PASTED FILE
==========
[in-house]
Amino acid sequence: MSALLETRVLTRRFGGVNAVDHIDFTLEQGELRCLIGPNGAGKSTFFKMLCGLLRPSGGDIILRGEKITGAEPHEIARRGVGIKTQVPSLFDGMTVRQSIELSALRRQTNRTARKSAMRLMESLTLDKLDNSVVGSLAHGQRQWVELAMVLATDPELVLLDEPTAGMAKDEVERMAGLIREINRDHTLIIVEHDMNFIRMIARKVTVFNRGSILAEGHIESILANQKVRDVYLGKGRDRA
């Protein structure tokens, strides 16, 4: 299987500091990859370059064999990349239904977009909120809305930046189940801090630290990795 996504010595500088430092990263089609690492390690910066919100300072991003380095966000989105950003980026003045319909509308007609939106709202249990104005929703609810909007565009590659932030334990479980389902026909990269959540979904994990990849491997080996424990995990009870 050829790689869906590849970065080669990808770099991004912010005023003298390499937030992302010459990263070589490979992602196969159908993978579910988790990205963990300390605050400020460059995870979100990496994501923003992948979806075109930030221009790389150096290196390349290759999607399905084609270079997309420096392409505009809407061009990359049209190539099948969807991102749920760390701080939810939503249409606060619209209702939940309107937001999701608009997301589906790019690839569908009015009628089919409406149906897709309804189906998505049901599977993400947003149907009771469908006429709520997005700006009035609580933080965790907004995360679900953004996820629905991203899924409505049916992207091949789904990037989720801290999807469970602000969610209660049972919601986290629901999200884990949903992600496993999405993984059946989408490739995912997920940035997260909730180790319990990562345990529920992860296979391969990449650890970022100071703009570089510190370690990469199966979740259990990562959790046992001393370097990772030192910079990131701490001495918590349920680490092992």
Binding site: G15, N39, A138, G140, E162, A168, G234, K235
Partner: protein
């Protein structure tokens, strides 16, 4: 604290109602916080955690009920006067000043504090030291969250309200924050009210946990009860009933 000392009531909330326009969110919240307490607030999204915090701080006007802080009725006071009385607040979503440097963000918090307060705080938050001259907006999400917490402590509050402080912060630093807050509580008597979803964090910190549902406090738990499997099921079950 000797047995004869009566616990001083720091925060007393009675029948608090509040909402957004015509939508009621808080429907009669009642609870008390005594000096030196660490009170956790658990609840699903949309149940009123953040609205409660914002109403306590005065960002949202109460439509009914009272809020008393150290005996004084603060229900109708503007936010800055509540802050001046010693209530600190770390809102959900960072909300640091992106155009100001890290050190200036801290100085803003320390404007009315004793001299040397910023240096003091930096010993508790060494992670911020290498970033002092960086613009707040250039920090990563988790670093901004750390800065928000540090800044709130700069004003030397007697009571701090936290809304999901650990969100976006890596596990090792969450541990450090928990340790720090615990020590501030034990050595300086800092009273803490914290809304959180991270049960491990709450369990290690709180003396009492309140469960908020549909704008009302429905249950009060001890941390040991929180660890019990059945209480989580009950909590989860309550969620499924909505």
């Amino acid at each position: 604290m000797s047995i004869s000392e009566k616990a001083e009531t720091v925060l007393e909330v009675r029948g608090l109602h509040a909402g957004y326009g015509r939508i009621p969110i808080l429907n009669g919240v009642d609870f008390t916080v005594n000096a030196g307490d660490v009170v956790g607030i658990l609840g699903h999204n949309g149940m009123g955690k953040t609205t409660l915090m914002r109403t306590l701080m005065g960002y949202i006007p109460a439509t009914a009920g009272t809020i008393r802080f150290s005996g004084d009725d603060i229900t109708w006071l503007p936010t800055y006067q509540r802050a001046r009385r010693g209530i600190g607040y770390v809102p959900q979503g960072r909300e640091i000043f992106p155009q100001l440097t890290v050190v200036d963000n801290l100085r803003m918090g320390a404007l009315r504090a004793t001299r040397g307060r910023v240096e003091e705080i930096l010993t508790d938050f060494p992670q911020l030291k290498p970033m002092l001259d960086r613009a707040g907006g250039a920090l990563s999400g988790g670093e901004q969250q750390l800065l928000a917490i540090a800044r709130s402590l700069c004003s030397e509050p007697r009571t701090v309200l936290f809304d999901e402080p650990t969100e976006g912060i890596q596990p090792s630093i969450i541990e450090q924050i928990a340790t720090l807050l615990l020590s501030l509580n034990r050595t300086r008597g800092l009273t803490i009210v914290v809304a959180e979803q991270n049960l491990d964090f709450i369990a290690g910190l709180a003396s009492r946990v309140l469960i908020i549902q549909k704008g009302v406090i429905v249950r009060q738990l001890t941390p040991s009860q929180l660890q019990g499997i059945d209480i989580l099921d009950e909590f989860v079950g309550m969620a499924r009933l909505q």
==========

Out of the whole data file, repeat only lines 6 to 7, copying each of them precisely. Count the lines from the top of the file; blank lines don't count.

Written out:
């Protein structure tokens, strides 16, 4: 604290109602916080955690009920006067000043504090030291969250309200924050009210946990009860009933 000392009531909330326009969110919240307490607030999204915090701080006007802080009725006071009385607040979503440097963000918090307060705080938050001259907006999400917490402590509050402080912060630093807050509580008597979803964090910190549902406090738990499997099921079950 000797047995004869009566616990001083720091925060007393009675029948608090509040909402957004015509939508009621808080429907009669009642609870008390005594000096030196660490009170956790658990609840699903949309149940009123953040609205409660914002109403306590005065960002949202109460439509009914009272809020008393150290005996004084603060229900109708503007936010800055509540802050001046010693209530600190770390809102959900960072909300640091992106155009100001890290050190200036801290100085803003320390404007009315004793001299040397910023240096003091930096010993508790060494992670911020290498970033002092960086613009707040250039920090990563988790670093901004750390800065928000540090800044709130700069004003030397007697009571701090936290809304999901650990969100976006890596596990090792969450541990450090928990340790720090615990020590501030034990050595300086800092009273803490914290809304959180991270049960491990709450369990290690709180003396009492309140469960908020549909704008009302429905249950009060001890941390040991929180660890019990059945209480989580009950909590989860309550969620499924909505």
């Amino acid at each position: 604290m000797s047995i004869s000392e009566k616990a001083e009531t720091v925060l007393e909330v009675r029948g608090l109602h509040a909402g957004y326009g015509r939508i009621p969110i808080l429907n009669g919240v009642d609870f008390t916080v005594n000096a030196g307490d660490v009170v956790g607030i658990l609840g699903h999204n949309g149940m009123g955690k953040t609205t409660l915090m914002r109403t306590l701080m005065g960002y949202i006007p109460a439509t009914a009920g009272t809020i008393r802080f150290s005996g004084d009725d603060i229900t109708w006071l503007p936010t800055y006067q509540r802050a001046r009385r010693g209530i600190g607040y770390v809102p959900q979503g960072r909300e640091i000043f992106p155009q100001l440097t890290v050190v200036d963000n801290l100085r803003m918090g320390a404007l009315r504090a004793t001299r040397g307060r910023v240096e003091e705080i930096l010993t508790d938050f060494p992670q911020l030291k290498p970033m002092l001259d960086r613009a707040g907006g250039a920090l990563s999400g988790g670093e901004q969250q750390l800065l928000a917490i540090a800044r709130s402590l700069c004003s030397e509050p007697r009571t701090v309200l936290f809304d999901e402080p650990t969100e976006g912060i890596q596990p090792s630093i969450i541990e450090q924050i928990a340790t720090l807050l615990l020590s501030l509580n034990r050595t300086r008597g800092l009273t803490i009210v914290v809304a959180e979803q991270n049960l491990d964090f709450i369990a290690g910190l709180a003396s009492r946990v309140l469960i908020i549902q549909k704008g009302v406090i429905v249950r009060q738990l001890t941390p040991s009860q929180l660890q019990g499997i059945d209480i989580l099921d009950e909590f989860v079950g309550m969620a499924r009933l909505q």